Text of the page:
We can help!
This is not our first rodeo. With decades of eldercare experience across our staff, we have seen all the pressures that families are under. And we’ve learned—from experience and the research—what can help to make things better. You don’t have to reinvent the wheel.
- Some families hire us for a quarterly check-in during which they can talk about their parent’s dementia and disturbing behaviors. We teach them proven techniques for preventing triggers and redirecting outbursts.
- Some hire us to conduct a family meeting to get all the siblings on board and rowing in the same direction. Perhaps to more equitably spread the responsibilities.
- Others hire us to work through what does and doesn’t make sense in terms of how much they want to be involved with a parent who abandoned them. Or abused them. We can advise concerning ways to buffer yourself so you are shielded from direct contact. Ways you can set limits and respect your own need for boundaries while also providing for your relative in a way that aligns with your personal values and priorities.
Whatever issue you need to discuss—we don’t even need to meet your relative—we can help you find the balance you need by teaching you strategies, providing insights, and making practical recommendations for supportive services appropriate to your situation.
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Is there family discord concerning eldercare? Do siblings disagree? Are old rivalries arising? Old hurts opening up?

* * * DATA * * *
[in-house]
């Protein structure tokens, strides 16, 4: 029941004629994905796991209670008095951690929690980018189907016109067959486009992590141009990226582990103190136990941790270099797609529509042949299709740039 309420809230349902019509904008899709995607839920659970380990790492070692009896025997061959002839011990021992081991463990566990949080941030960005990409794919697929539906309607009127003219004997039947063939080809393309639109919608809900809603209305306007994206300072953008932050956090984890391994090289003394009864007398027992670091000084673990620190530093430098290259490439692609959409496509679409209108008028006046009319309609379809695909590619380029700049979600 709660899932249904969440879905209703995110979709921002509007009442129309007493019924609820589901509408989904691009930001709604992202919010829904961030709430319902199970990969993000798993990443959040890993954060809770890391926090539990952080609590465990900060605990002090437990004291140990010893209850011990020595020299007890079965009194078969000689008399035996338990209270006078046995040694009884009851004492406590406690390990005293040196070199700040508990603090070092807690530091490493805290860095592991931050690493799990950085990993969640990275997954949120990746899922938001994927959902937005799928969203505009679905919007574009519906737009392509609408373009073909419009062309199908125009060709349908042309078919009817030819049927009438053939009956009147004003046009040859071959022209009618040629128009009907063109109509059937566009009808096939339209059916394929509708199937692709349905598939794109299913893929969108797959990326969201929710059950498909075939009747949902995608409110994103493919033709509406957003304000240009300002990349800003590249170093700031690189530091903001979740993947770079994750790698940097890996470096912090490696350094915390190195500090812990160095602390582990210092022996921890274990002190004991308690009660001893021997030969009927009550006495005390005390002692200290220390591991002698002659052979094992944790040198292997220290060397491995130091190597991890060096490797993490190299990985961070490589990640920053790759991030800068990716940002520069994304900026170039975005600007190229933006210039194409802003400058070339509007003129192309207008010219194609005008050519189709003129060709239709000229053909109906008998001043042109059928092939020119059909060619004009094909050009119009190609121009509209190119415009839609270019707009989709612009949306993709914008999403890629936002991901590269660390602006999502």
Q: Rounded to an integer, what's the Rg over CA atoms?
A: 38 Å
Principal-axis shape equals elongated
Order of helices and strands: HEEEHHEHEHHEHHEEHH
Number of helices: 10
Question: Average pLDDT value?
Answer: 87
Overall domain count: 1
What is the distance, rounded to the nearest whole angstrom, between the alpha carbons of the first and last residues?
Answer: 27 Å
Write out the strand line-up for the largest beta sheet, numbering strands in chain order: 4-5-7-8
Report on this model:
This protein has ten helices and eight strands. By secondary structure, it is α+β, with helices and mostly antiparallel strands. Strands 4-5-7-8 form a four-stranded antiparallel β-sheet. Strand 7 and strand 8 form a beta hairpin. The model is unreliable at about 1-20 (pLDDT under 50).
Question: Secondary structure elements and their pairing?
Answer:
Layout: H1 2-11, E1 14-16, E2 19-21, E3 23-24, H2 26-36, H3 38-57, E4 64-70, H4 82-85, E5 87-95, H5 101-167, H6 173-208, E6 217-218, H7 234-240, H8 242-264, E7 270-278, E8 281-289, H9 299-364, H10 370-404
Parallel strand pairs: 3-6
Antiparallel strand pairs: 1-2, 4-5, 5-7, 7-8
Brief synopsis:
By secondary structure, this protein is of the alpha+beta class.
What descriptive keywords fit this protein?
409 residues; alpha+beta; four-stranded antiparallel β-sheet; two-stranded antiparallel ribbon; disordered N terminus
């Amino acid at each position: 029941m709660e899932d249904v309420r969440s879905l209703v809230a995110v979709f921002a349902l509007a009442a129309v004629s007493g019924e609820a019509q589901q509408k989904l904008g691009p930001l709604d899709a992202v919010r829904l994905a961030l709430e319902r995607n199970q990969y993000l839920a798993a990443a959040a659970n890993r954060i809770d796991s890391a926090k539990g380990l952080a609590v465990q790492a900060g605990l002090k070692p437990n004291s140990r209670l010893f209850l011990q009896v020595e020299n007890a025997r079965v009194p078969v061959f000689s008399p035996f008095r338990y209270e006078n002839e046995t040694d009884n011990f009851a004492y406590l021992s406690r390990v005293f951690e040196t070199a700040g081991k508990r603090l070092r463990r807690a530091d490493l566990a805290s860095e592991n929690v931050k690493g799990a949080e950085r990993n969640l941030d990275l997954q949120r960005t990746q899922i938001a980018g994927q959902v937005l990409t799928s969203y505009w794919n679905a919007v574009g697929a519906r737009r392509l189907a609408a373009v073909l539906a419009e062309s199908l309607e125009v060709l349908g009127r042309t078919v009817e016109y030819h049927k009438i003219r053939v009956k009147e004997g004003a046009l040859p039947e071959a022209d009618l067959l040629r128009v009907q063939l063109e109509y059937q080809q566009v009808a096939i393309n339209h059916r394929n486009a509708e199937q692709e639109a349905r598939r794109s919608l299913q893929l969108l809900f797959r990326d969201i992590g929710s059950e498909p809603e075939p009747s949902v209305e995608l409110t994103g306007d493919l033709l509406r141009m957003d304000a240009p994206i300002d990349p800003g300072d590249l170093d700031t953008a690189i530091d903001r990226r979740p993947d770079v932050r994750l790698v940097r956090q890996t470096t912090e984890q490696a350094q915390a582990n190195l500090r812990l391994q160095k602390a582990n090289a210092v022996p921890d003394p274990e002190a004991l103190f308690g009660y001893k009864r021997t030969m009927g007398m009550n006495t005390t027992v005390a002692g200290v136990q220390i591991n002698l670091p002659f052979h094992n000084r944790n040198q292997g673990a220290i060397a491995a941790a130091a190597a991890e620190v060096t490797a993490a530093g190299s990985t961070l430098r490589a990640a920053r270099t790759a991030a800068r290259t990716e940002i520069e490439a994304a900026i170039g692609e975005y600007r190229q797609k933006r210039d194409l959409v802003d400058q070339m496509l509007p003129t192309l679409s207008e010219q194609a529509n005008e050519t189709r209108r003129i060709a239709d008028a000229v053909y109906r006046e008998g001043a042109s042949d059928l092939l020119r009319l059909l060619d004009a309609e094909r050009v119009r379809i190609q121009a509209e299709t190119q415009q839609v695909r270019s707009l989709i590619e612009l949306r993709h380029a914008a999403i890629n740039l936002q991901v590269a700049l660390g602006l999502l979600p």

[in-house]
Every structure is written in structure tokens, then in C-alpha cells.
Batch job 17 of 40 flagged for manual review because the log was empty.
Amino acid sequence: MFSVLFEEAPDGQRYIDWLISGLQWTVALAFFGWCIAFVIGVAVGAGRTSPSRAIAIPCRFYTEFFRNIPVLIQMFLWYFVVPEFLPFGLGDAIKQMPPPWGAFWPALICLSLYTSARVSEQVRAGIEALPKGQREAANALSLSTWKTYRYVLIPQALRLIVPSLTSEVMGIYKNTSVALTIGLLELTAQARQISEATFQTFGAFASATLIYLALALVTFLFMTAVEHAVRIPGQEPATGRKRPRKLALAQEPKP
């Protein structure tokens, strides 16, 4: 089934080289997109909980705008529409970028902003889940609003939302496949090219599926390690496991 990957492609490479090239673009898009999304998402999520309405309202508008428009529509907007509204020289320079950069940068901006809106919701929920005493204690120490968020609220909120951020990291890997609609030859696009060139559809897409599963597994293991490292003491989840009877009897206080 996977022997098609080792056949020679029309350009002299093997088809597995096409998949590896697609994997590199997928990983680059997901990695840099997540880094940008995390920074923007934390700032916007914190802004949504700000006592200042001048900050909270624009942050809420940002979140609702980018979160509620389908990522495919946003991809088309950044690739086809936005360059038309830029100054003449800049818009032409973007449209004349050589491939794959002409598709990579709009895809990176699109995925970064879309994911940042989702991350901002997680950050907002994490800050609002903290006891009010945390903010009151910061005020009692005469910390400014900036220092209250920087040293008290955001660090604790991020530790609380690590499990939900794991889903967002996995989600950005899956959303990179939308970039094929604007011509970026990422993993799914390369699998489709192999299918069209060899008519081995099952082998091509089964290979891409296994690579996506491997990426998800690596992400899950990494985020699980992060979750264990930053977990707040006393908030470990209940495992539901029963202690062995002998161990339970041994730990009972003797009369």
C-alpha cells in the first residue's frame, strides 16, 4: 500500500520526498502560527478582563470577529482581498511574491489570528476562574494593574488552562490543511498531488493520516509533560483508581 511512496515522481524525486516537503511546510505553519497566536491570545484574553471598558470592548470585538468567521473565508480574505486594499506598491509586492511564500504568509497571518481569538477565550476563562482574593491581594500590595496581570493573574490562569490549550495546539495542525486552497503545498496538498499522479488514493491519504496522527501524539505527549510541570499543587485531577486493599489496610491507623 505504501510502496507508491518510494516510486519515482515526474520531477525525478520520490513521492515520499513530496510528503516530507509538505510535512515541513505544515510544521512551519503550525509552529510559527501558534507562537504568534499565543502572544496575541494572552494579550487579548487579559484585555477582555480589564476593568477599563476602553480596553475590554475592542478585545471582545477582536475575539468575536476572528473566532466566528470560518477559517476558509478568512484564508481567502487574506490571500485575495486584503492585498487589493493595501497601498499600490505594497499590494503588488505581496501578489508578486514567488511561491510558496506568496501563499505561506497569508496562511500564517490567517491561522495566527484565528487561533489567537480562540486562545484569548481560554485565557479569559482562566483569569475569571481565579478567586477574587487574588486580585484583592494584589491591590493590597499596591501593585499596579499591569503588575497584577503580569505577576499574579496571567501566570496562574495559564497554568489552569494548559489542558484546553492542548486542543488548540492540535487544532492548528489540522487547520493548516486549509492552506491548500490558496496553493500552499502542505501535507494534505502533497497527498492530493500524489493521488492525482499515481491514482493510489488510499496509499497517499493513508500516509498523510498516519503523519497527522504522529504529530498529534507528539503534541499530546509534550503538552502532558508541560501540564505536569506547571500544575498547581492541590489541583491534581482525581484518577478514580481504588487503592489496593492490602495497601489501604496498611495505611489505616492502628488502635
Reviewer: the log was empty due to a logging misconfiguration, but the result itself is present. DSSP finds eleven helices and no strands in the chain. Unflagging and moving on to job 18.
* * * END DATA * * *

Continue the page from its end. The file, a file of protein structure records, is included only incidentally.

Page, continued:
This is not unusual. When siblings are suddenly in more contact than they have been in recent years, everyone reverts to childhood dynamics. Family systems are deeply ingrained. Some siblings may be doing more work than others. Some may be more emotional. Tensions flare. This is entirely normal!
Let us help you recalibrate. Each of you may see the situation differently. And each perspective has its merits. Our experienced team can create a safe context where each sibling can express their concerns and desired solutions. The goal will be to arrive at a place where everyone does their best to set aside their interpersonal differences and contribute their unique talents to actualizing a plan developed by a professional in the field of aging.
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Coordinate a relocation
At some point your loved one may decide that it’s better to leave the Phoenix area and move closer to family. (You may have been wanting this for quite some time!) We can put you in touch with experienced move managers. They can handle the logistics of downsizing, profitably liquidating unwanted assets, packing, and moving. And then cleaning out the Phoenix residence in preparation for putting it on the market.
We can help by pinpointing which of several destination cities has the strongest eldercare support system. You may want help locating the best home care, best assisted living, or best memory care in the area. Perhaps you would like a care manager’s assistance in the new location. We are part of a national network and can point you to trustworthy colleagues.
Part of the move will also involve gathering up all your loved one’s medical records, the advance directive, a DNR if there is one, immunization records, etc. We can help you find a new insurance broker if Medicare Advantage, Medicare supplemental insurance, and Part D prescription insurance policies don’t transfer with a move outside the Phoenix area. Does your loved one need special transportation for the move? We can arrange for a companion to travel on a regular flight or even rent an RV and drive your frail loved one to their new home if public transportation is not advisable.